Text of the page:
New York University Law Review
The analysis herein arises from the collision course between the sweeping reforms mandated by the Dodd-Frank Wall Street Reform and Consumer Protection Act of 2010 and a single sentence of the U.S. Code, adopted nearly fifteen years earlier and largely forgotten ever since. Few were likely thinking of Section 106 of the National Securities Market Improvement Act when the Dodd-Frank Act was enacted on July 21, 2010. As applied by the D.C. Circuit less than a year later in Business Roundtable v. SEC, however, that provision’s peculiar requirement of cost-benefit analysis could prove the new legislation’s undoing.
To help navigate this potential impasse, the Article that follows suggests the need to more carefully analyze the function and form of the cost-benefit analysis mandate in Section 106 and develops a generally applicable framework for doing so. Discussions of cost-benefit analysis have traditionally approached it as a fairly singular phenomenon — with broad aspirations of “efficiency” as its purpose and with its application in environmental and risk regulation understood to capture its form. In reality, cost-benefit analysis is both more ad hoc — and more systematically varied — than this account suggests.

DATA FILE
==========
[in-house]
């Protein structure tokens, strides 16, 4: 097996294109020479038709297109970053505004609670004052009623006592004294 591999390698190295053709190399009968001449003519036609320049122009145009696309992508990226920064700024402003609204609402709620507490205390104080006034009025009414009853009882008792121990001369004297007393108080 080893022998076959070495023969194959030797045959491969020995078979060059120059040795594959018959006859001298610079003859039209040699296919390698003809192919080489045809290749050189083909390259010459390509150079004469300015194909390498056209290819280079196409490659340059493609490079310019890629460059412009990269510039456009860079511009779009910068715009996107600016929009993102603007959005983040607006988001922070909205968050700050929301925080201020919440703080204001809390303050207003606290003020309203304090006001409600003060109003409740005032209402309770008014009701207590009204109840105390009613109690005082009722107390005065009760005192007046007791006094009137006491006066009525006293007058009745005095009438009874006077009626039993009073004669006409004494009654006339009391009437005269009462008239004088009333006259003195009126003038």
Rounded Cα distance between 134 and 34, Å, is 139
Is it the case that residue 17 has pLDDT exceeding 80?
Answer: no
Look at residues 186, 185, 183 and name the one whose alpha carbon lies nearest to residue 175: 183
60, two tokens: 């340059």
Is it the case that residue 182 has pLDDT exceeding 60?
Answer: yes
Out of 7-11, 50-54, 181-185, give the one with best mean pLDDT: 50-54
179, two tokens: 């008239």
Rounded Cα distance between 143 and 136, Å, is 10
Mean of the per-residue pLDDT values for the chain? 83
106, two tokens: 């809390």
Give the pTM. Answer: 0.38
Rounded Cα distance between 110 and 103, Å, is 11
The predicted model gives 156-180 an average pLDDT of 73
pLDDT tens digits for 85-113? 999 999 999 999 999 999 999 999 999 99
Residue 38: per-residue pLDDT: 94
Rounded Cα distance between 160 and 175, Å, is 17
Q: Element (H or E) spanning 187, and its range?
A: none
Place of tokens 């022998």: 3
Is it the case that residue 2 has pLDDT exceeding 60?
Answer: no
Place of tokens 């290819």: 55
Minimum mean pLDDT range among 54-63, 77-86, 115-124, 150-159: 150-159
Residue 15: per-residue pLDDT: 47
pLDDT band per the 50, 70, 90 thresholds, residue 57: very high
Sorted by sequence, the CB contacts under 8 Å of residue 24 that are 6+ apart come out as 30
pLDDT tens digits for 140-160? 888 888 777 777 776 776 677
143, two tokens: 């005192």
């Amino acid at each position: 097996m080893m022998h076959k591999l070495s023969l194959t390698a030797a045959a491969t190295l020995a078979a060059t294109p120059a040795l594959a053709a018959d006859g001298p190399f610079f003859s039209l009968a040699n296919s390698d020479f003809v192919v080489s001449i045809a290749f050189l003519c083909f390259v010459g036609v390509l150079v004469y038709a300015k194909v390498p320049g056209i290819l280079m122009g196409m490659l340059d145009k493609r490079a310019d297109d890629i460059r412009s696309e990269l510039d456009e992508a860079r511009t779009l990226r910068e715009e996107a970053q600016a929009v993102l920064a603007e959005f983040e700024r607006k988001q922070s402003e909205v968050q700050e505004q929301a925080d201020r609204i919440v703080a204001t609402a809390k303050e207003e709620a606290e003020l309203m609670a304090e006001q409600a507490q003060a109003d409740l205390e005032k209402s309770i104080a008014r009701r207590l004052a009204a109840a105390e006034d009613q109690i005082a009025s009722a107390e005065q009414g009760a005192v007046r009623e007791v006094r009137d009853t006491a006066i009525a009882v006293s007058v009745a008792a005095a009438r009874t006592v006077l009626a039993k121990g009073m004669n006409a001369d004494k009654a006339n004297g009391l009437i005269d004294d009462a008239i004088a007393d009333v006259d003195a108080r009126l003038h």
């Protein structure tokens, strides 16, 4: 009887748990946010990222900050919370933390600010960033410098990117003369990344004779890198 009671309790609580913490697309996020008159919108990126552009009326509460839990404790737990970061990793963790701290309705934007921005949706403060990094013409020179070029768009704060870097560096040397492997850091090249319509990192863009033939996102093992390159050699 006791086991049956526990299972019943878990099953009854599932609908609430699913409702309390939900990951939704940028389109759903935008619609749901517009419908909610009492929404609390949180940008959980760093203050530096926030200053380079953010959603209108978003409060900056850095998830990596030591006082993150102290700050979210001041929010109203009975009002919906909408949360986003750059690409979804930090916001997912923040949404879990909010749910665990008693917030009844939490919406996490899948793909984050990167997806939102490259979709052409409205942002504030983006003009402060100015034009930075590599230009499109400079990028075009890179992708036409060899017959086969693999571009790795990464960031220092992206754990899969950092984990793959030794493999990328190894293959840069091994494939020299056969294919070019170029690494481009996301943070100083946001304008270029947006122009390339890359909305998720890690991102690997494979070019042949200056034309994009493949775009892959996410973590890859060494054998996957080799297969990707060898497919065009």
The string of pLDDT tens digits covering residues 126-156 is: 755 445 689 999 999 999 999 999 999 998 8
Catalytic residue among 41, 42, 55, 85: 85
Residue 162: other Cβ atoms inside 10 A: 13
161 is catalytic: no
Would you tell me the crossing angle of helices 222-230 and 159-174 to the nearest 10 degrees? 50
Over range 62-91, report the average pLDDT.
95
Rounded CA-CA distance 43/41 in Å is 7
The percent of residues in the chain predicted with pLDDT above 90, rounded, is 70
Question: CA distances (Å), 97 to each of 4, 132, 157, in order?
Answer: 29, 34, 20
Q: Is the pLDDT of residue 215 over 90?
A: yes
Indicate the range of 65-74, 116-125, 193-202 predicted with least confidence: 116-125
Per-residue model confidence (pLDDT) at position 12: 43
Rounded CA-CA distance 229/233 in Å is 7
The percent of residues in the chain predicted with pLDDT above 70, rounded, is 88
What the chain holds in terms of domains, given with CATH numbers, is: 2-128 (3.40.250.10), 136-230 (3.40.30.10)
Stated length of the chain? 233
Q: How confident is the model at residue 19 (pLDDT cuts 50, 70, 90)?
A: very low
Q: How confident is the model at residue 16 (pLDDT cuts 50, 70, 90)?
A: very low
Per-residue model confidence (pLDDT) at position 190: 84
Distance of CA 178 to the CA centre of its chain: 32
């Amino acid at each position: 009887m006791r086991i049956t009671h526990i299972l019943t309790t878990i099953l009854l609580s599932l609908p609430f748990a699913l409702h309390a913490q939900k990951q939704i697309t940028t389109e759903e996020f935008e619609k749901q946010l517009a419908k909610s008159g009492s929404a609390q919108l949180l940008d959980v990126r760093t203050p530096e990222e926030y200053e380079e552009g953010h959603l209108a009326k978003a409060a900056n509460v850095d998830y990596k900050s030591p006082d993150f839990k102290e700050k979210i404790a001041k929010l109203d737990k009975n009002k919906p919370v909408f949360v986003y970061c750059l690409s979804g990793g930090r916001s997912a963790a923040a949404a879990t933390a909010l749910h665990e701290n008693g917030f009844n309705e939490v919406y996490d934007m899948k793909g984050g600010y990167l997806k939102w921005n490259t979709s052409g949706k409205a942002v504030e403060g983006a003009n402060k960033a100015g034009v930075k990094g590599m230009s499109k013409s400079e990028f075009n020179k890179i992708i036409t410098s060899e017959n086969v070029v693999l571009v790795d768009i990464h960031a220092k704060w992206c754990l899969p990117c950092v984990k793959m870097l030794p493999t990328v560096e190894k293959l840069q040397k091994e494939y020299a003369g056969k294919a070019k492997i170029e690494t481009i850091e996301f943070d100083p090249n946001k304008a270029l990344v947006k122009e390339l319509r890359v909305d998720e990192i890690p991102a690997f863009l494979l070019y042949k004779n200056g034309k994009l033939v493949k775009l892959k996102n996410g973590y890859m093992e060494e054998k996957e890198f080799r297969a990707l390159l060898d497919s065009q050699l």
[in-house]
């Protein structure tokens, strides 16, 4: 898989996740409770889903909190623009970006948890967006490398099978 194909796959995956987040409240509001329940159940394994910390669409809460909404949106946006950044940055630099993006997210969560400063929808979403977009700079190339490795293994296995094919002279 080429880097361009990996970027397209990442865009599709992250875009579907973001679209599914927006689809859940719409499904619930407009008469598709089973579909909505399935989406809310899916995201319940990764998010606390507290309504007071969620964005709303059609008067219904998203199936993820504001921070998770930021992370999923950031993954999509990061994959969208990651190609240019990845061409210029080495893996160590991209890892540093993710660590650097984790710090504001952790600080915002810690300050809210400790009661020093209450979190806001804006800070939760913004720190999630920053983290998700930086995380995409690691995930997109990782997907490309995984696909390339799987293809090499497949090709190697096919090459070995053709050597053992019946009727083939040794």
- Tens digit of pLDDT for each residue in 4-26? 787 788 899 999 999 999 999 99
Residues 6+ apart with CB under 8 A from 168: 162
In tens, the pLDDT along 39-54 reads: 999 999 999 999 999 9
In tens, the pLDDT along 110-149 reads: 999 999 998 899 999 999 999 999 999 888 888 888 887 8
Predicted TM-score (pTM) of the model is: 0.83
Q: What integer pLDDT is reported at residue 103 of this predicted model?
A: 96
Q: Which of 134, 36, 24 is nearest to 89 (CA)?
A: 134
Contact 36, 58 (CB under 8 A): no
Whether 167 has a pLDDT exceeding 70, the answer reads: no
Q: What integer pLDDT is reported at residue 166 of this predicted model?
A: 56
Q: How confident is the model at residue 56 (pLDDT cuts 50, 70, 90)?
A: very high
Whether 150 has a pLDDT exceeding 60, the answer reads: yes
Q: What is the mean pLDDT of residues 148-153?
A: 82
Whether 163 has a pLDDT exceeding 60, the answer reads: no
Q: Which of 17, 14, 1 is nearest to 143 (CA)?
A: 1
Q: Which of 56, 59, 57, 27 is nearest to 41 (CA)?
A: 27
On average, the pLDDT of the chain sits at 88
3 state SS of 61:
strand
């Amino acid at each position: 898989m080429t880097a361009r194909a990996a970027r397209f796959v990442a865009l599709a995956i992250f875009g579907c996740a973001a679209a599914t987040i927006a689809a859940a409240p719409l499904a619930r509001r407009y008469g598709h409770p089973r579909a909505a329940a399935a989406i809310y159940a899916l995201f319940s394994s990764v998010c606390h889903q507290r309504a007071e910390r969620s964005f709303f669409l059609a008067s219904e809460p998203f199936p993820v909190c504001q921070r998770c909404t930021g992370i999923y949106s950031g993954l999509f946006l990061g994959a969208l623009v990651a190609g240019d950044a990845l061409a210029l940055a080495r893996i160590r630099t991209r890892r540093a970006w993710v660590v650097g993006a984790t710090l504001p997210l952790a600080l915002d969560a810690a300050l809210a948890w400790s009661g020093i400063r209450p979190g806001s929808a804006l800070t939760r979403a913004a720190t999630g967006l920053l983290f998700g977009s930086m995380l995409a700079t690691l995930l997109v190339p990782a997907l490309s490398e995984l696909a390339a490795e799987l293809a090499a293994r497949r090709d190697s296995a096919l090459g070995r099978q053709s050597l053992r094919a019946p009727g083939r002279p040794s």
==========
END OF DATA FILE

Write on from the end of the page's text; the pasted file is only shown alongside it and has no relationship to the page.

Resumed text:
The framework proposed herein thus makes an important contribution to our understanding of the complexities and varieties of cost-benefit analysis generally. In the particular case of Section 106, meanwhile, it counsels a distinct function and particular characteristics of form that will better direct its application — both to the myriad regulations mandated by the Dodd-Frank Act and beyond. Properly understood, Section 106 is designed to encourage SEC attention to substantive considerations that might otherwise be neglected, given the Commission’s traditional focus on investor protection. As to form, Section 106 constitutes a true mandate and one properly subject to judicial review. Contrary to the analysis in Business Roundtable, however, that mandate is procedural rather than substantive in nature. By comparison with formal cost-benefit analysis, it is less rigidly quantitative. It does, however, demand careful attention to the distributional impacts of relevant rulemaking. To such particularized ends and in such tailored form, ultimately, cost-benefit analysis has the potential to generate significant insight — both under Section 106 and for financial regulation as a whole.
Robert B. Ahdieh,
Reanalyzing Cost-Benefit Analysis: Toward a Framework of Function(s) and Form(s),
N.Y.U. L. Rev.
Available at: https://scholarship.law.tamu.edu/facscholar/1192